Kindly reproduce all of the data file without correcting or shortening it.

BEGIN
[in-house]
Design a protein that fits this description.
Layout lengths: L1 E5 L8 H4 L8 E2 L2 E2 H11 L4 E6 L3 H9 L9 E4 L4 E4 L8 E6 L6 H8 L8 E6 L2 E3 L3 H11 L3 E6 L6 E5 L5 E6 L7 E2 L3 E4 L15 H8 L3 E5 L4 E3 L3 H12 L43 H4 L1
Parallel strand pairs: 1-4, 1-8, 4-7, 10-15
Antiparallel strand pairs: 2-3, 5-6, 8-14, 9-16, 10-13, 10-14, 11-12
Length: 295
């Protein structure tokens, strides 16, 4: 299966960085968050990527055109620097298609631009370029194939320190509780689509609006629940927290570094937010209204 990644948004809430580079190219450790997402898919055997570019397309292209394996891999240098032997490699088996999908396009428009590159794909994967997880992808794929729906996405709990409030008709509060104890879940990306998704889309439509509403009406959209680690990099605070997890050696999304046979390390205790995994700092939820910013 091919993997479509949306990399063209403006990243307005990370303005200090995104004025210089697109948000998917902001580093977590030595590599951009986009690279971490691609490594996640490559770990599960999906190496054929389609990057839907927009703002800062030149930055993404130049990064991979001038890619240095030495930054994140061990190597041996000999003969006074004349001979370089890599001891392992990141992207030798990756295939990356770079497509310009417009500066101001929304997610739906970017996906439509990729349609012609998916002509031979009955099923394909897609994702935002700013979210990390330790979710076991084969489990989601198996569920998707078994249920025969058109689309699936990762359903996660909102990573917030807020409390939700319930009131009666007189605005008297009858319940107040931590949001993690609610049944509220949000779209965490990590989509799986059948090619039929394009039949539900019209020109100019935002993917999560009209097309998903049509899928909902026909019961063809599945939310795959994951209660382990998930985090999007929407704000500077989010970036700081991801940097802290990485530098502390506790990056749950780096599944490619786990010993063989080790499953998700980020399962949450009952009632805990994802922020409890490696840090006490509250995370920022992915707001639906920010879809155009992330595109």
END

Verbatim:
[in-house]
Design a protein that fits this description.
Layout lengths: L1 E5 L8 H4 L8 E2 L2 E2 H11 L4 E6 L3 H9 L9 E4 L4 E4 L8 E6 L6 H8 L8 E6 L2 E3 L3 H11 L3 E6 L6 E5 L5 E6 L7 E2 L3 E4 L15 H8 L3 E5 L4 E3 L3 H12 L43 H4 L1
Parallel strand pairs: 1-4, 1-8, 4-7, 10-15
Antiparallel strand pairs: 2-3, 5-6, 8-14, 9-16, 10-13, 10-14, 11-12
Length: 295
């Protein structure tokens, strides 16, 4: 299966960085968050990527055109620097298609631009370029194939320190509780689509609006629940927290570094937010209204 990644948004809430580079190219450790997402898919055997570019397309292209394996891999240098032997490699088996999908396009428009590159794909994967997880992808794929729906996405709990409030008709509060104890879940990306998704889309439509509403009406959209680690990099605070997890050696999304046979390390205790995994700092939820910013 091919993997479509949306990399063209403006990243307005990370303005200090995104004025210089697109948000998917902001580093977590030595590599951009986009690279971490691609490594996640490559770990599960999906190496054929389609990057839907927009703002800062030149930055993404130049990064991979001038890619240095030495930054994140061990190597041996000999003969006074004349001979370089890599001891392992990141992207030798990756295939990356770079497509310009417009500066101001929304997610739906970017996906439509990729349609012609998916002509031979009955099923394909897609994702935002700013979210990390330790979710076991084969489990989601198996569920998707078994249920025969058109689309699936990762359903996660909102990573917030807020409390939700319930009131009666007189605005008297009858319940107040931590949001993690609610049944509220949000779209965490990590989509799986059948090619039929394009039949539900019209020109100019935002993917999560009209097309998903049509899928909902026909019961063809599945939310795959994951209660382990998930985090999007929407704000500077989010970036700081991801940097802290990485530098502390506790990056749950780096599944490619786990010993063989080790499953998700980020399962949450009952009632805990994802922020409890490696840090006490509250995370920022992915707001639906920010879809155009992330595109």